Ex-Egyptian TV star frustrated with post-Mubarak progress

Shahira Amin, who resigned in solidarity with protesters, hopes for more laws protecting journalists, freedom of press.

June 29, 2011 04:53
2 minute read.
Shahira Amin

Shahira Amin 311. (photo credit: Ruth Eglash)


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Press freedom is in a worse place in Egypt today than it was under ousted president Hosni Mubarak, according to the former deputy head of Nile TV International, Shahira Amin, who quit her job in protest during last February’s uprising in her country.

Speaking at the World Justice Forum held in Barcelona last week, Amin – who now freelances for international media organizations, including for CNN’s Inside Africa – told the audience that her work was far more scrutinized by secret services than ever before and that journalists and bloggers have less freedoms to criticize those running the country in this interim period.

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Amin moderated a panel at the conference focusing on freedom of the press, access to information and the rule of law. During the discussion, she said that while she welcomed the public empowerment that has gripped Egyptian citizens since the revolution, she was also concerned whether the so-called “Arab Spring” would bring about fundamental changes in freedom for journalists and bloggers.

In a story published by CNN last week, Amin talked about the revolution’s shortcomings and interviewed a host of journalists and bloggers that had been repeatedly attacked by the current government and by the military for jeopardizing state security.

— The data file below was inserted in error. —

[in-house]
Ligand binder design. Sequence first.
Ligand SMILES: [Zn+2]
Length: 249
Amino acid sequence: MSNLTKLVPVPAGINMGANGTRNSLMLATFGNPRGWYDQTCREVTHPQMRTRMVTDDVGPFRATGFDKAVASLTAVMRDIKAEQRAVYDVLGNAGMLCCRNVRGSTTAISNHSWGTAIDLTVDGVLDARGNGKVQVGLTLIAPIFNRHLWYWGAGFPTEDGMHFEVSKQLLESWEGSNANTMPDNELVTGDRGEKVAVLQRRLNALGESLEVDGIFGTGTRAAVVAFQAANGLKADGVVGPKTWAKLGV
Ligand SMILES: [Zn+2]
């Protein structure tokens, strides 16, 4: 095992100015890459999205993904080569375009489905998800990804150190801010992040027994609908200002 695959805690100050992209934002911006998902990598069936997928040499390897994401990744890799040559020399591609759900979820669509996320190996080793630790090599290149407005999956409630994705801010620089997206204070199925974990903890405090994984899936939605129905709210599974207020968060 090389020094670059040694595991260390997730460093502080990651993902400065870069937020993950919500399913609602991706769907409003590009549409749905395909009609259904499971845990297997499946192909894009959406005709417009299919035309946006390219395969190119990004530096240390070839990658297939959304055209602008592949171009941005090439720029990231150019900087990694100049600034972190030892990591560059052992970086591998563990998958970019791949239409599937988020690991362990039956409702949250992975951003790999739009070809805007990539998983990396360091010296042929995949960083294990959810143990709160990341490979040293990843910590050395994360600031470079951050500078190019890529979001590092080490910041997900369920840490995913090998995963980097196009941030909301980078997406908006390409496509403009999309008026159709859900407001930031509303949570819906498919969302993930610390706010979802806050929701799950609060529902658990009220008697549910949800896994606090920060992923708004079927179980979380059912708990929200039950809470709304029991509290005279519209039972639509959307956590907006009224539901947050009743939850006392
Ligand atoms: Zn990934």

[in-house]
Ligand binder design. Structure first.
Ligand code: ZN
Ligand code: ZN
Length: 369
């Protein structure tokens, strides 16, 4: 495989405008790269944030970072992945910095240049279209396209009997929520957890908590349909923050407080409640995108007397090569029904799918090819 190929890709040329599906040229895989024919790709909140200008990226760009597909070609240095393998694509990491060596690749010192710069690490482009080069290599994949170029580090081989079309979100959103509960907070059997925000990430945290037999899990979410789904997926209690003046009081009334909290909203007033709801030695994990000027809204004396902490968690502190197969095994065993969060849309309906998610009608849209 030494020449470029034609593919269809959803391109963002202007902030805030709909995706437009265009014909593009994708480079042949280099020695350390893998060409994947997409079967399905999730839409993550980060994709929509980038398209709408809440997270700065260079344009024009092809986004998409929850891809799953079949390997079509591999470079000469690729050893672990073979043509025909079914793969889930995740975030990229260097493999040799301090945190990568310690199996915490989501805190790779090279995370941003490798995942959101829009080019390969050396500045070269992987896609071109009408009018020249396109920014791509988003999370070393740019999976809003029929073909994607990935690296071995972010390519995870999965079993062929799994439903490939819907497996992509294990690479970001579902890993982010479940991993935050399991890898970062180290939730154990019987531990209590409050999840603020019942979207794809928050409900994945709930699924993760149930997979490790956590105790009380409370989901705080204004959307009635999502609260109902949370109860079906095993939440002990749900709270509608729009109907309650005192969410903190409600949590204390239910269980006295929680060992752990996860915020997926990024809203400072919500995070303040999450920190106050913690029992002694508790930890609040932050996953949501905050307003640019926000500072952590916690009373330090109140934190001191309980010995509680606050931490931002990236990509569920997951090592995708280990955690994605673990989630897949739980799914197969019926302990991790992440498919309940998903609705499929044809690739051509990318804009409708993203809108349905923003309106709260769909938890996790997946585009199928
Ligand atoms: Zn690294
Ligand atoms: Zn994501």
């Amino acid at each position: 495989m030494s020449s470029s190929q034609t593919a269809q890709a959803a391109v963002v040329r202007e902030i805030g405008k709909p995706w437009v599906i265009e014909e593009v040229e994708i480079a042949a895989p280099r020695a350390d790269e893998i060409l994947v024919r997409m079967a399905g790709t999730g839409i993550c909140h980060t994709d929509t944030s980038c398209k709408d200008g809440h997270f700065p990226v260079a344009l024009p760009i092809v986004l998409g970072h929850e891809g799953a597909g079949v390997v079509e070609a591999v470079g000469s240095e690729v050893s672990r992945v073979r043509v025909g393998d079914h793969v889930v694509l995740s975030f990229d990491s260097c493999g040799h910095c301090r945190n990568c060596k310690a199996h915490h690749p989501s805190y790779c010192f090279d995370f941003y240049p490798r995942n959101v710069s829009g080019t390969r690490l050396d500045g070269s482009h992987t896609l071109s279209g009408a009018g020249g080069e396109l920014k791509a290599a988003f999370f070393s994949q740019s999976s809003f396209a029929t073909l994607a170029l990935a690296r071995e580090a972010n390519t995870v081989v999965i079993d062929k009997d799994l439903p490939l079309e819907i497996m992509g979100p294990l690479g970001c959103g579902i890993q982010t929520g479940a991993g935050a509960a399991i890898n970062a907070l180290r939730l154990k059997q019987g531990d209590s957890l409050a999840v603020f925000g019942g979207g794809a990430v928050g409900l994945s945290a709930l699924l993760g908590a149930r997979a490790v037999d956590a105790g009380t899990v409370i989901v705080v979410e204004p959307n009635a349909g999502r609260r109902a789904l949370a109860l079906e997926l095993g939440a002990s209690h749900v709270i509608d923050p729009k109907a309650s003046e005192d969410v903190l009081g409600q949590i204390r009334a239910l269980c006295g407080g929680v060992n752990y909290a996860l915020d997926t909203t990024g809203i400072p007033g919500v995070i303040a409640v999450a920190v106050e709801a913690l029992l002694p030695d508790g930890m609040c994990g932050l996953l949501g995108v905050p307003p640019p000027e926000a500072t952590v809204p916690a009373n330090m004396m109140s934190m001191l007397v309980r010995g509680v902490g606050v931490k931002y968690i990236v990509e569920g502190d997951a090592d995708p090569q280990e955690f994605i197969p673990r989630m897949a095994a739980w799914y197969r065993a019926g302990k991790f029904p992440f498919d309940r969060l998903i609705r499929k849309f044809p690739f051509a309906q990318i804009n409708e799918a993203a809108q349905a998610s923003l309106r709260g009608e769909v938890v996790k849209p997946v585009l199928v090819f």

Amin herself has been repeatedly scrutinized by state security services and even received threats after walking out of her prominent job as a well-known anchor on the state-run Nile News TV, where she worked since 1989. She described the day she handed in her notice as liberating, saying that she had been on her way to work when she passed by demonstrators in Tahrir Square. At that point, she realized that she could not continue ignoring the voices of the people.

Since then, Amin has been attacked for a host of articles, most notably for revealing that the military had carried out virginity tests on young female protesters present in Tahrir Square during the uprisings. While she could not reveal her sources in that story, the news that such invasive tests had been carried out on young women caused a stir in Egypt and across the world.

Now Egypt’s protesters are just waiting to see if the revolution will go far enough to realize their goals.

“Mubarak did us a favor; he made every mistake in the book,” she commented during her talk, referring to when the former leader shut down the Internet and other forms of communication.

Regarding the new constitution that will soon be drafted in Egypt, Amin concluded that she would like to see more legislation to support press freedom and protect journalists so that, like her, they are not subjected to as many threats.

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